To put this in context, that is three average sized fully grown men elevated 3 feet! If you consider this alongside BMX athletes’ ability to hit 15m long jumps at 50 km/h and land them within 10cm every time, you begin to see the true talent of these athletes. They truly are exceptional. They can’t of course maintain this power output for sustained periods, but that is not the point in BMX. They fight first to the bottom of the start-hill, and then to the end of the first straight. Whoever enters that first corner first becomes the man or woman to beat.
At the other end of the endurance and power continuum, you find Grand Tour riders who look to be able to sustain the highest power possible for a three-week duration, as opposed to bursts of 1.5 seconds. Most top Grand Tour riders will produce a fifth of the power of Liam, but they can hold that power for maybe an hour or more on a given climb or time trial.
Bradley Wiggins produced 440W on average for his entire hour record, which is a staggering feat, and for endurance events such as this the mental toughness required to maintain such an output makes the feat even more remarkable. For most mere mortals, holding a power number between 150W and 200W for an hour would be a respectable achievement.
So, we can see then that although power output is an excellent indicator of how fast a cyclist is able to propel themselves, we can also see that power output alone tells us very little, we need to understand the context too.
Most physically fit people could generate 440W, but none of them could do so for an hour. Different professional cyclists produce varying amounts of power within different disciplines to meet the physiological demands of their specific discipline.
But unless you wish to become an elite level BMX athlete, at which point you will need to develop truly exceptional bike-handling skills, it’s sustaining the power numbers that really makes the difference to your performance. This is why it’s always crucial to decide what your goal is ahead of time and train scientifically toward that outcome.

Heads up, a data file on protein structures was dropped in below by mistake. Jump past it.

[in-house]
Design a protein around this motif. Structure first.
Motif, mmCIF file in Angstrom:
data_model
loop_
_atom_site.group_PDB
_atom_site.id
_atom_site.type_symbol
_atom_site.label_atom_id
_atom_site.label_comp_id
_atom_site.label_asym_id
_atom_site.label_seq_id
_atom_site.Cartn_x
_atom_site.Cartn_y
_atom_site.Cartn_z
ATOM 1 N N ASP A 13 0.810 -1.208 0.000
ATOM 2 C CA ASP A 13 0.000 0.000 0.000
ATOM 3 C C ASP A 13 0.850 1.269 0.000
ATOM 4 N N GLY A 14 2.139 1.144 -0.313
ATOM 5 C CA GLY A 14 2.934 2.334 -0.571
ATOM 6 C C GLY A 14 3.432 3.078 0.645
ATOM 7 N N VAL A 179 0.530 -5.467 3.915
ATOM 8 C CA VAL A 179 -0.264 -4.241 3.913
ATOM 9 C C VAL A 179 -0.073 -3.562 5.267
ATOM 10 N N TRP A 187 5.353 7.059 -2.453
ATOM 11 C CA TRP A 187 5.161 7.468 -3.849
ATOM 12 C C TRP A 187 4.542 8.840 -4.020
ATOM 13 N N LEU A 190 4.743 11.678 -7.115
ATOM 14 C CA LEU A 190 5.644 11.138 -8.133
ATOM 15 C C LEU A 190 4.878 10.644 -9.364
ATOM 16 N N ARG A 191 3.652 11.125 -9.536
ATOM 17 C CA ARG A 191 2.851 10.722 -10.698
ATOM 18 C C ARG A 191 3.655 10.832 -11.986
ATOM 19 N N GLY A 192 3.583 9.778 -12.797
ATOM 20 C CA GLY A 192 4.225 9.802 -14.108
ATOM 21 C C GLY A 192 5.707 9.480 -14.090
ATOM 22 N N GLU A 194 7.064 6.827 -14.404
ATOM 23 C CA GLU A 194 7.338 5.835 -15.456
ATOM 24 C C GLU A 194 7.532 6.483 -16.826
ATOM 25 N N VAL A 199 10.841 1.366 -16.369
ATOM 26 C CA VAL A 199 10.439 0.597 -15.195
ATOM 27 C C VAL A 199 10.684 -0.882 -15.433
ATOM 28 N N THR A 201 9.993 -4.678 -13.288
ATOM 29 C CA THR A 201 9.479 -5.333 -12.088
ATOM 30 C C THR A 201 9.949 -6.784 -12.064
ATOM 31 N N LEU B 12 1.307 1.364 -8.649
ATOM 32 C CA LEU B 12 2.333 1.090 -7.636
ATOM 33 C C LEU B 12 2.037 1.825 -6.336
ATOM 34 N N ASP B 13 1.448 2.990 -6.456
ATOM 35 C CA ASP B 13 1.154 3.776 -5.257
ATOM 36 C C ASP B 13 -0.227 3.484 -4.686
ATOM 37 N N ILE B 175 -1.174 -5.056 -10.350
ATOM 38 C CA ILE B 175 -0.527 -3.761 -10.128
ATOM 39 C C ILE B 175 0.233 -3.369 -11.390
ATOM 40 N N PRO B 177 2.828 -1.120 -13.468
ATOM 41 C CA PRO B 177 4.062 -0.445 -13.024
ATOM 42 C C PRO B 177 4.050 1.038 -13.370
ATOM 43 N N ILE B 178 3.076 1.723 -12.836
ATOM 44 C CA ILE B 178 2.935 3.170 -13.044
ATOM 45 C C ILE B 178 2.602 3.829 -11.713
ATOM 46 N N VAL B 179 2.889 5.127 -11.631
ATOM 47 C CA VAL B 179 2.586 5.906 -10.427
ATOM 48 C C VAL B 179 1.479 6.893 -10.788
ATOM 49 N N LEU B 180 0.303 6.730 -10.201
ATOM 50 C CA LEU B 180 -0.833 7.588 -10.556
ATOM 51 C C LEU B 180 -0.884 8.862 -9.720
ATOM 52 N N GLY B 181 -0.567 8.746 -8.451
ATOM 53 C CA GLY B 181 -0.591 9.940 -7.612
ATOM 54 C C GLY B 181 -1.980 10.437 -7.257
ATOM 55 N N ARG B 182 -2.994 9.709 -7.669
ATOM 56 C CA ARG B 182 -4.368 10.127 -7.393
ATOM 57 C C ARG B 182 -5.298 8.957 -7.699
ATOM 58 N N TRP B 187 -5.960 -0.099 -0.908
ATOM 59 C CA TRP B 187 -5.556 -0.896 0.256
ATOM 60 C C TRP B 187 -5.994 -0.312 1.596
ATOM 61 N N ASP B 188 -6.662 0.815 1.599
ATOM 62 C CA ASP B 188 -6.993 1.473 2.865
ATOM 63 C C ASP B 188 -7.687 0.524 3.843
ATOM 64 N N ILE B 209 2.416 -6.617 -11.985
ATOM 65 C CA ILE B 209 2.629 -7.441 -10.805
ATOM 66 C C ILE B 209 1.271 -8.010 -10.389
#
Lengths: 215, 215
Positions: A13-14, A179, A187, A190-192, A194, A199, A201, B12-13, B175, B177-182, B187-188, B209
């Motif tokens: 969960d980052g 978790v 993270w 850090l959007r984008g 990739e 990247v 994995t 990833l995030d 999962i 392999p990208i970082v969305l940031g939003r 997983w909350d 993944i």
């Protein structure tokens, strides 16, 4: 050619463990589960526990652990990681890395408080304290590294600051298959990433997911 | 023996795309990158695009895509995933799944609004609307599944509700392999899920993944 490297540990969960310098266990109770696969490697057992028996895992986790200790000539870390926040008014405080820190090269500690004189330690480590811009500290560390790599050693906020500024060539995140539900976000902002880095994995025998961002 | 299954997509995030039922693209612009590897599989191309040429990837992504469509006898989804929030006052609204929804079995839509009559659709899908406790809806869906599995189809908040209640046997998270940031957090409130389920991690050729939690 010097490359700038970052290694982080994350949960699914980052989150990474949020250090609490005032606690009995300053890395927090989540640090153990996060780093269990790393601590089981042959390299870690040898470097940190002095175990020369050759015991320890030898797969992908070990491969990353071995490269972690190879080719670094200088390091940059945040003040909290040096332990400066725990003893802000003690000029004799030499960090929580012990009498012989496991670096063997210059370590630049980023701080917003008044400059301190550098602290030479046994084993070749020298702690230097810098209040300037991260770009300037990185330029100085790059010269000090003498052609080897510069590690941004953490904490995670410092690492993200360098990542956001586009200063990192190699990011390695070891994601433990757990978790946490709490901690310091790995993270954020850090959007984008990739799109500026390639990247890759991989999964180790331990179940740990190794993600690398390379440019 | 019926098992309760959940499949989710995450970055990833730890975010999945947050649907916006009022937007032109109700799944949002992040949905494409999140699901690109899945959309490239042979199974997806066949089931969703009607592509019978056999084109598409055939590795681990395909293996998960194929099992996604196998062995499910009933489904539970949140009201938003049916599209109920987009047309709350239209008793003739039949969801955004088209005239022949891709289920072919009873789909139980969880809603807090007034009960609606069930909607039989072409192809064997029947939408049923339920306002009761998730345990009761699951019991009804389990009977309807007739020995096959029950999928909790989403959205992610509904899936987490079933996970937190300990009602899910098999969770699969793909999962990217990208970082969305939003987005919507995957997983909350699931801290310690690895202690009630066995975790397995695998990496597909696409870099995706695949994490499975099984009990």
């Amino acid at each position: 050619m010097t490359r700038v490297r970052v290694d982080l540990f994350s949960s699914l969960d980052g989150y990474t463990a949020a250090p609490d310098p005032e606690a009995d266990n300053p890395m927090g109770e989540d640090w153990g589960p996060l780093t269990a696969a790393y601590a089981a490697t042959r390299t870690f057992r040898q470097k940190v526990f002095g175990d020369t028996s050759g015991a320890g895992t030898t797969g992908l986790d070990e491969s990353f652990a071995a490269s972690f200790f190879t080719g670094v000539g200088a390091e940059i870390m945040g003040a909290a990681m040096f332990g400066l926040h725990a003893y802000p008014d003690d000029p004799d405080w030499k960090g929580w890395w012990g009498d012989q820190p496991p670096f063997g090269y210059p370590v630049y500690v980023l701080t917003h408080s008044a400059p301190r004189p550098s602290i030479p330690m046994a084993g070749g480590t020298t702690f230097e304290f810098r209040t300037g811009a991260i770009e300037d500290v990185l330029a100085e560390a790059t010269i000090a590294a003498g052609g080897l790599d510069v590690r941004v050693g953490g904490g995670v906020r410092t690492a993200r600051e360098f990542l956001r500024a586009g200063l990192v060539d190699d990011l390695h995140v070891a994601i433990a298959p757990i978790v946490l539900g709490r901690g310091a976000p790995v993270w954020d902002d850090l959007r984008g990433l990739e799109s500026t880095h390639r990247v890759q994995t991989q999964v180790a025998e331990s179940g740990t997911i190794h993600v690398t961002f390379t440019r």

The Verve InfoCrank is the most accurate and repeatable power meter available today, and is used by most of the world’s dominant track cycling nations, as well as triathletes, rowers and eSports cyclists.
In the world of competitive cycling and coaching many things are said about the accuracy of power meters. What is acknowledged by all is that knowing and training the power of the athlete is the single most important determinant for success. The energy (watts) expended by the cyclist in driving the bicycle forward determines everything else.
But confusion runs rampant and logic is totally lost due to the misinterpretation of the simple word – accuracy.
Most athletes and their coaches try to explain accuracy in terms of consistency. They say that the only thing that matters is that the results from their power meter are somewhat consistent.
In this case, half right is totally wrong. It is logically impossible to know (as an athlete or coach) if your power meter is consistent if you do not know if it gives true results. That is why the actual definition of accuracy is defined as having two parts:
Trueness. – is the closeness of a measurement quantity to that quantity’s true value. In other words, it is the extent to which the measurement is error free.*
“Precision” – is the degree to which two or more repeated measurements show the same results each time. Sometimes precision is referred to as the reliability or consistency of the measurement.*
It is possible if you have extensive testing facilities to determine whether your device shows consistent results, without necessarily ever showing true results. But for the cyclist on the road and the coach looking at results, it is impossible.
With the advent of the InfoCrank, acknowledged as the power device that is both true and precise the whole time, there is a sea change about to happen. The InfoCrank has been independently tested for both torque (measured 256 times each second) and for power (watts) which combines the torque and the cadence to a level of accuracy (both parts of the definition) that in simple terms, the number on the screen of the athlete is always the correct wattage number.